Our concept of the cosmos, its basic structure and its origin, is called cosmology, a word with Greek roots. Before telescopes were invented, humans had to rely on simple evidence of their senses to get an idea of the universe. Ancients Human developed cosmologies which combined his direct vision of heaven with a rich variety of philosophical and religious symbolism.
At least 2000 years before Columbus, educated people in the eastern Mediterranean knew that the earth was round. and a mathematician who lived 2,500 years ago. He believed that circles and spheres were “perfect shapes” and suggested: that the earth should therefore be a sphere. As proof that the gods liked spheres, the Greeks cited the fact that the moon is a sphere using the evidence described below.
The writings of Aristotle (384-322 BC), the teacher of Alexander the Great, summarize many of the ideas of his time. They describe how the progression of the moon phases – its apparent change in shape – results from seeing different parts of the moon in sunlight. Hemisphere during the month (see earth, moon and sky). Aristotle also knew that the sun must be further from the earth than the moon, since the moon occasionally passes exactly between the earth and the sun, temporarily hiding the sun from view. . We call this a solar eclipse.
Aristotle made compelling arguments that the earth must be round. First, when the moon enters or leaves the earth’s shadow during a lunar eclipse, the shape of the shadow visible on the moon is always round. Only a spherical object always creates a round-shadow. For example, if the earth were a disk, there would be times when sunlight strikes on it & its shadow on the moon is a line.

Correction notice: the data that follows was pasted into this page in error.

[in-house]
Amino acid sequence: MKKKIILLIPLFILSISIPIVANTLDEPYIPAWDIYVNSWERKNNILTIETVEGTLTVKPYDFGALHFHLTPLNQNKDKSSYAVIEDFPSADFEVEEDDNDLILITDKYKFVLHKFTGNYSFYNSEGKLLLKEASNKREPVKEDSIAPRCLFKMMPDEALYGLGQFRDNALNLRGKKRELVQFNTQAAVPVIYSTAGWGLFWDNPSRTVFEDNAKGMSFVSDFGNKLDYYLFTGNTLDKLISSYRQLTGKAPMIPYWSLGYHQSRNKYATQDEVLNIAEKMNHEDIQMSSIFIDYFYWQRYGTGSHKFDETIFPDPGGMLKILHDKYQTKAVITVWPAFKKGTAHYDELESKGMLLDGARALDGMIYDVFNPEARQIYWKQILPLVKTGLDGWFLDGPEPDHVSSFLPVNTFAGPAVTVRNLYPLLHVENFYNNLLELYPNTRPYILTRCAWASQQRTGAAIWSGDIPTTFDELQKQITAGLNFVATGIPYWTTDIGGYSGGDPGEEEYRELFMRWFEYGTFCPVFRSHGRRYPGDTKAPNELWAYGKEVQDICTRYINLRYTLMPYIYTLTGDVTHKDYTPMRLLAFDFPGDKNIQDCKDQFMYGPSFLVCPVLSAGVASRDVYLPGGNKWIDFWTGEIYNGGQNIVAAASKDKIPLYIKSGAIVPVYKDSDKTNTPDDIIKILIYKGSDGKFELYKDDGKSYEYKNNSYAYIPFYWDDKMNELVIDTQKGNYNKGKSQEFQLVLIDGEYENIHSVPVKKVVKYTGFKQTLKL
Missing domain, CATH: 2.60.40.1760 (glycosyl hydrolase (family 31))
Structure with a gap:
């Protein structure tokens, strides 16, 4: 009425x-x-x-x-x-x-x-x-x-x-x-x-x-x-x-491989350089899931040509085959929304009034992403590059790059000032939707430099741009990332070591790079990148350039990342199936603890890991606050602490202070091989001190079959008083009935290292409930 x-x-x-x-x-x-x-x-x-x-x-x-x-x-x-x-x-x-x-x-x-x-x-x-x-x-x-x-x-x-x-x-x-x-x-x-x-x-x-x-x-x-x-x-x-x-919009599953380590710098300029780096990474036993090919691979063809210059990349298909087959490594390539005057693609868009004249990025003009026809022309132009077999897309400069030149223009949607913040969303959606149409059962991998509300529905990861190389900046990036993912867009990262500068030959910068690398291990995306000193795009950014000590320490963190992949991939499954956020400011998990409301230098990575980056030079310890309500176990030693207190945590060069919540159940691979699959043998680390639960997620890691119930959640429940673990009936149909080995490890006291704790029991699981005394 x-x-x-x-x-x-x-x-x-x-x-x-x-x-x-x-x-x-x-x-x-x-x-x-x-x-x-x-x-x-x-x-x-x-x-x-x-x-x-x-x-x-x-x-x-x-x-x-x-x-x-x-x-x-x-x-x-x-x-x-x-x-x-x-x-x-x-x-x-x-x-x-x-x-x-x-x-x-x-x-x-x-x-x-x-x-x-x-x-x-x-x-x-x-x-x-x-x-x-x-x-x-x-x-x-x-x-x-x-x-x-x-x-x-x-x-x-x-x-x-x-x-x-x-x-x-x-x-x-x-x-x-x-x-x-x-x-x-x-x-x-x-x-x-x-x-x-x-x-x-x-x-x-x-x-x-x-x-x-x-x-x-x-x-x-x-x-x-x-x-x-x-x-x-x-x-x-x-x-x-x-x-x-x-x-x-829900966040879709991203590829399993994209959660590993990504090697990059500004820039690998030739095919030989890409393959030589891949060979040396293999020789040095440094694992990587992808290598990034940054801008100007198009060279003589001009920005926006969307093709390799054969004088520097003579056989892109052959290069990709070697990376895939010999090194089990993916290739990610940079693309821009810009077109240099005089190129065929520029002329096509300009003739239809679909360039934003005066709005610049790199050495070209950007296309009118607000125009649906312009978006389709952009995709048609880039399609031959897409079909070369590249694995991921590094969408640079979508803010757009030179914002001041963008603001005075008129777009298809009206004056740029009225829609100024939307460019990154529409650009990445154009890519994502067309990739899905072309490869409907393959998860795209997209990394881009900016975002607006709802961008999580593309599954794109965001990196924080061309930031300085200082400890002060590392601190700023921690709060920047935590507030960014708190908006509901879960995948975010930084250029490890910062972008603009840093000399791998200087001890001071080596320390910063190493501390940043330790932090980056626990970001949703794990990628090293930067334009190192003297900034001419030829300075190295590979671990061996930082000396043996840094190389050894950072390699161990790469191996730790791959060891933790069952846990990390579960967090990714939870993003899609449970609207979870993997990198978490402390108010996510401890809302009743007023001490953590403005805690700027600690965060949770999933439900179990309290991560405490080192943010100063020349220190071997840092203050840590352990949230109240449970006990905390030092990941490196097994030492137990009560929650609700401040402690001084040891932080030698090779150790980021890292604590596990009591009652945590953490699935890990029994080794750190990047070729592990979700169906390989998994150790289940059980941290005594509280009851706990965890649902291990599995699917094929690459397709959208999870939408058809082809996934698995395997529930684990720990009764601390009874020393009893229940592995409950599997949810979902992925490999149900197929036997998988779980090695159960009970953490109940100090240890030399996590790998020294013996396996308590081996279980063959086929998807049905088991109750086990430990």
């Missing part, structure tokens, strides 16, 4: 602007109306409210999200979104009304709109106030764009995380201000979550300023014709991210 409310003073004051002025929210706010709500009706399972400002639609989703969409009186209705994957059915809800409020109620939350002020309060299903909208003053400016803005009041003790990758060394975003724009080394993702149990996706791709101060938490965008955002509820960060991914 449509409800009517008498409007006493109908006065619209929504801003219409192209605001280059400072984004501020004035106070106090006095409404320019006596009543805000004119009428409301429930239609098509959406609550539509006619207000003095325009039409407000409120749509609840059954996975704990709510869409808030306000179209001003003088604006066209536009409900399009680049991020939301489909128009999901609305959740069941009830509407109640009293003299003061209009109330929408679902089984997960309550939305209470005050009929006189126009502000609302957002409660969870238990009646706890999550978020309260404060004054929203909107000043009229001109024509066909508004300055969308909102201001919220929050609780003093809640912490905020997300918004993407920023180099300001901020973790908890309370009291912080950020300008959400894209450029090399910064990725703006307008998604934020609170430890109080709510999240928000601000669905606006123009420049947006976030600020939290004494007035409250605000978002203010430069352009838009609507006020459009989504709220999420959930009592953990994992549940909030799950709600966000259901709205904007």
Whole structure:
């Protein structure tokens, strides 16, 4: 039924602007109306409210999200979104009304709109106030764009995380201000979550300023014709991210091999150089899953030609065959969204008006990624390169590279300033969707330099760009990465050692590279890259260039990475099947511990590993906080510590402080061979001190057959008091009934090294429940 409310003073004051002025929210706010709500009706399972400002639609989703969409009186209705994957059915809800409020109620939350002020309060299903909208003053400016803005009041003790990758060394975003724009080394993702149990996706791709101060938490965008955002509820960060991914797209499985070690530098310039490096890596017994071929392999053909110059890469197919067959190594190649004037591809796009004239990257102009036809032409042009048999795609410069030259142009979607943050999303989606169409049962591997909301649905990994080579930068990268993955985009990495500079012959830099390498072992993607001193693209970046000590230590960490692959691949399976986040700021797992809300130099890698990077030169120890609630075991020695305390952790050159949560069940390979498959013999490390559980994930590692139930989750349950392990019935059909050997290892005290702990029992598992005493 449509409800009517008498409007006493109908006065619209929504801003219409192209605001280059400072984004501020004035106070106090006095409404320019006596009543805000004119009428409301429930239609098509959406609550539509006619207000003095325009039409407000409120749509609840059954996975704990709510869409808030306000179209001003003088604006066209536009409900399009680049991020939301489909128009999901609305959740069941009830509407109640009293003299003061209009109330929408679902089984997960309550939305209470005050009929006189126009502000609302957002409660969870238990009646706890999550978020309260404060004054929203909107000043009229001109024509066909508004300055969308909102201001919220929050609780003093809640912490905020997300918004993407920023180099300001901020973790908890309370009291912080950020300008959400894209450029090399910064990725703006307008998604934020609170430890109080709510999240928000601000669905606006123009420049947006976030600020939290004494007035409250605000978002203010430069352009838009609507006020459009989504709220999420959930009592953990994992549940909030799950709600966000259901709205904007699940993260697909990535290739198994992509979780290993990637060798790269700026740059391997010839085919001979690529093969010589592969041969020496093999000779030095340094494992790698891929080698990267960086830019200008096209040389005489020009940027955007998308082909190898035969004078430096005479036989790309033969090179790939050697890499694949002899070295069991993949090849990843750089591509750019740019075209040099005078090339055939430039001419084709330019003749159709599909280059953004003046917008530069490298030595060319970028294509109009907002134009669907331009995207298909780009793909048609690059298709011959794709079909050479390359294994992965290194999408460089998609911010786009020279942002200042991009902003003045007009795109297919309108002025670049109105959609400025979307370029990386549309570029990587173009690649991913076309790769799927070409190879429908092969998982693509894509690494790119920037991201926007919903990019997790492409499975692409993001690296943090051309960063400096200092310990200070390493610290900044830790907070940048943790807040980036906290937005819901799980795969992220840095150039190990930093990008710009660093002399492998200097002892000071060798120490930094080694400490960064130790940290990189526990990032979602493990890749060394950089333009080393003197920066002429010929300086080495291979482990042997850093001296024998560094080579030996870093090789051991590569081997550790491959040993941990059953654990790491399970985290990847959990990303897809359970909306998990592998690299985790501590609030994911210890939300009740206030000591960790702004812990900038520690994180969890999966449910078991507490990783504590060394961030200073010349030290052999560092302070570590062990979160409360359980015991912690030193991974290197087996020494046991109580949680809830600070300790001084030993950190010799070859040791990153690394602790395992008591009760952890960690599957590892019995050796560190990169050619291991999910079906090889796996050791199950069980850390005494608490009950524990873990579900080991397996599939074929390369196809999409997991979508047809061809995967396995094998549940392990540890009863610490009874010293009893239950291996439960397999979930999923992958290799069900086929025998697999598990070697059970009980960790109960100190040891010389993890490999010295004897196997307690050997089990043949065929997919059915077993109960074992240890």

As a second argument, Aristotle stated that travelers traveling a considerable distance south can observe stars that are not visible further north. And the height of North Star, the star closest to the north celestial pole, decreases as the traveler moves south. Flat earth, everyone would see the same stars overhead. The only possible explanation is that the traveler must have moved on a curved surface of the earth that shows the stars from a different angle.
One Greek thinker, Aristarchus of Samos (310-230 BC) even suggested that the earth move around the sun, but Aristotle and most of the Greek scholars rejected the idea. One of the reasons for their conclusion was the idea that they would be observing the stars from different places in Earth’s orbit as the Earth moved around the Sun. As the earth advances, nearby stars should change their position in the sky relative to more distant stars. Similarly, when we are in motion, we see that foreground objects appear to be moving against a more distant background. When we take the train, the trees in the foreground seem to change position relative to distant hills as the train passes by. We constantly use this phenomenon to estimate the distances around us.
The apparent change in direction of an object caused by the movement of the observer is known as parallax. We call the change in the apparent direction of a star due to earth orbital motion of the Earth’s stellar parallax. The Greeks made a dedicated effort to observe the stellar parallax and even enlisted the help of the Greek soldiers with the clearest vision, but to no avail. The brightest (and presumably closest) stars just didn’t seem to change as the Greeks observed them in spring and then again in autumn (when Earth is on the opposite side). of sun).
That meant the earth wasn’t moving or the stars had to be so far away that the parallax shift was immeasurably small. Such a vast cosmos required a leap of imagination that most ancient philosophers were unprepared for, and so they withdrew to the safety of the earth-centered view that would dominate Western thought for nearly two millennia.